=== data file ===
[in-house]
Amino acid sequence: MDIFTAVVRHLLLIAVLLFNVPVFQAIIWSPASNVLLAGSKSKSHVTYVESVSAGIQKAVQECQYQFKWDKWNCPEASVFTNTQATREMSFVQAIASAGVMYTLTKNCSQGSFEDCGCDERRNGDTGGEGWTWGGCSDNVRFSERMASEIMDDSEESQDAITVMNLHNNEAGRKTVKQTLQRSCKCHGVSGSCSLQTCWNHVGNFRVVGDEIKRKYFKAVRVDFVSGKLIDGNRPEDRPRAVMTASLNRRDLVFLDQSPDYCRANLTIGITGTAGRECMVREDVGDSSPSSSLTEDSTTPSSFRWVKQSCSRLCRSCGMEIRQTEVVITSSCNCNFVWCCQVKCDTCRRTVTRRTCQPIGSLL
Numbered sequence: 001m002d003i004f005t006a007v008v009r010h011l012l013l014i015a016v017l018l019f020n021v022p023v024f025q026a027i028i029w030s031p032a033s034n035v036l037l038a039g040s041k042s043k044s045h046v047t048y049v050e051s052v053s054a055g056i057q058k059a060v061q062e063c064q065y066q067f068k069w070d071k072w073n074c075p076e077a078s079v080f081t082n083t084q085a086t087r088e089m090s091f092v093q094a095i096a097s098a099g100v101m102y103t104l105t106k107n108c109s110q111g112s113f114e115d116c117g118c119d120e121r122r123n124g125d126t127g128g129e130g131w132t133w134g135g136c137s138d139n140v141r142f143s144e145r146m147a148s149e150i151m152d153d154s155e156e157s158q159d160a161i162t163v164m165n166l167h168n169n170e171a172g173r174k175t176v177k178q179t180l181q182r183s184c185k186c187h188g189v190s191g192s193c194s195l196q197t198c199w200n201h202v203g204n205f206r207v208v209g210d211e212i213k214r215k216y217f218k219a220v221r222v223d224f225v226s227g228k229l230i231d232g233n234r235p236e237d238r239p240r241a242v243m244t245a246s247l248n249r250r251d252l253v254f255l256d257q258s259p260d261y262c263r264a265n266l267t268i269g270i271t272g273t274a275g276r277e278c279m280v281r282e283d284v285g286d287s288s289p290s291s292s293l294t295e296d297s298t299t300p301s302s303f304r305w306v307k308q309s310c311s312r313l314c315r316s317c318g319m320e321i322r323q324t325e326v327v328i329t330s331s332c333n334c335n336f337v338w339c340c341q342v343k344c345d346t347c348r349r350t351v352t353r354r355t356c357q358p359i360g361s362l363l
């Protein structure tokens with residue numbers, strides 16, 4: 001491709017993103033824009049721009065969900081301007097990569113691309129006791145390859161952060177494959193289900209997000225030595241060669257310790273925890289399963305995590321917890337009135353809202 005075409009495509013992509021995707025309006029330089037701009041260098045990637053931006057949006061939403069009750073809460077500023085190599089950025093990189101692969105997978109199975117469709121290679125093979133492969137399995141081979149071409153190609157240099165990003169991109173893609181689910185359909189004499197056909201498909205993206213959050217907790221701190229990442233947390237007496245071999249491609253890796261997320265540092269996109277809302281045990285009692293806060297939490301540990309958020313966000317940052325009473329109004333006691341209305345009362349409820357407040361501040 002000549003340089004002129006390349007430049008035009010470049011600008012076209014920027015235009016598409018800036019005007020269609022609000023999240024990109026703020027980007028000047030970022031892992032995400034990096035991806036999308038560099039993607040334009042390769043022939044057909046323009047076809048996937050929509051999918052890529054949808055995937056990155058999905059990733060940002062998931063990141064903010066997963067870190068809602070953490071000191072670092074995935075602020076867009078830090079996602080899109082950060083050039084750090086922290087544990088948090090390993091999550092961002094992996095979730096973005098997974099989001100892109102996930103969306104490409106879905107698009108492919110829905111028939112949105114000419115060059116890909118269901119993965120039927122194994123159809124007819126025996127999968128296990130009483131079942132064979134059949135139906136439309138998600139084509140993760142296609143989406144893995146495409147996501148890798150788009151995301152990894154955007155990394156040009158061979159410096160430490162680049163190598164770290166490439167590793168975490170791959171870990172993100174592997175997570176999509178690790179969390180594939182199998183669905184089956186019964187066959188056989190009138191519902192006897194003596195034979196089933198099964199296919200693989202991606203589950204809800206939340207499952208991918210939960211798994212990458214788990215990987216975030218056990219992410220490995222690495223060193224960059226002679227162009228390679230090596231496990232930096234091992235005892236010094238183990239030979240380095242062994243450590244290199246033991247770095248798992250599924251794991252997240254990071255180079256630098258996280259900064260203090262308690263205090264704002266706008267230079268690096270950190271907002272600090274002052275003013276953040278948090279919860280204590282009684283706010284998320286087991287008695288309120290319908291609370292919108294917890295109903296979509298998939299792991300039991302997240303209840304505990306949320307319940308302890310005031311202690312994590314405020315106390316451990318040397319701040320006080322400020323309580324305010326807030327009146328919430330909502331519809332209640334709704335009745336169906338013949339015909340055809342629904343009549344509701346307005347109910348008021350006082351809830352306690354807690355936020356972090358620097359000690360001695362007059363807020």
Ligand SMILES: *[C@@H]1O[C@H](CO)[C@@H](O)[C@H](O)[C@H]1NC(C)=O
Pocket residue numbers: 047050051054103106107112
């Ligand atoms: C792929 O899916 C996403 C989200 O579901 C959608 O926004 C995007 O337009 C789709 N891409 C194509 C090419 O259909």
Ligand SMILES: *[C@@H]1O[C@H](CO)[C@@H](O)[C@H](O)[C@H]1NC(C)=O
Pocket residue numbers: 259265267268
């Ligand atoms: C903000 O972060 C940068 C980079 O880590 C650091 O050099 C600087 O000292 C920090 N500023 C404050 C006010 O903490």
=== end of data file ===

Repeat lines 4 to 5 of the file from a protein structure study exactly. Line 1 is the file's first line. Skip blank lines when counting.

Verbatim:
């Protein structure tokens with residue numbers, strides 16, 4: 001491709017993103033824009049721009065969900081301007097990569113691309129006791145390859161952060177494959193289900209997000225030595241060669257310790273925890289399963305995590321917890337009135353809202 005075409009495509013992509021995707025309006029330089037701009041260098045990637053931006057949006061939403069009750073809460077500023085190599089950025093990189101692969105997978109199975117469709121290679125093979133492969137399995141081979149071409153190609157240099165990003169991109173893609181689910185359909189004499197056909201498909205993206213959050217907790221701190229990442233947390237007496245071999249491609253890796261997320265540092269996109277809302281045990285009692293806060297939490301540990309958020313966000317940052325009473329109004333006691341209305345009362349409820357407040361501040 002000549003340089004002129006390349007430049008035009010470049011600008012076209014920027015235009016598409018800036019005007020269609022609000023999240024990109026703020027980007028000047030970022031892992032995400034990096035991806036999308038560099039993607040334009042390769043022939044057909046323009047076809048996937050929509051999918052890529054949808055995937056990155058999905059990733060940002062998931063990141064903010066997963067870190068809602070953490071000191072670092074995935075602020076867009078830090079996602080899109082950060083050039084750090086922290087544990088948090090390993091999550092961002094992996095979730096973005098997974099989001100892109102996930103969306104490409106879905107698009108492919110829905111028939112949105114000419115060059116890909118269901119993965120039927122194994123159809124007819126025996127999968128296990130009483131079942132064979134059949135139906136439309138998600139084509140993760142296609143989406144893995146495409147996501148890798150788009151995301152990894154955007155990394156040009158061979159410096160430490162680049163190598164770290166490439167590793168975490170791959171870990172993100174592997175997570176999509178690790179969390180594939182199998183669905184089956186019964187066959188056989190009138191519902192006897194003596195034979196089933198099964199296919200693989202991606203589950204809800206939340207499952208991918210939960211798994212990458214788990215990987216975030218056990219992410220490995222690495223060193224960059226002679227162009228390679230090596231496990232930096234091992235005892236010094238183990239030979240380095242062994243450590244290199246033991247770095248798992250599924251794991252997240254990071255180079256630098258996280259900064260203090262308690263205090264704002266706008267230079268690096270950190271907002272600090274002052275003013276953040278948090279919860280204590282009684283706010284998320286087991287008695288309120290319908291609370292919108294917890295109903296979509298998939299792991300039991302997240303209840304505990306949320307319940308302890310005031311202690312994590314405020315106390316451990318040397319701040320006080322400020323309580324305010326807030327009146328919430330909502331519809332209640334709704335009745336169906338013949339015909340055809342629904343009549344509701346307005347109910348008021350006082351809830352306690354807690355936020356972090358620097359000690360001695362007059363807020």
Ligand SMILES: *[C@@H]1O[C@H](CO)[C@@H](O)[C@H](O)[C@H]1NC(C)=O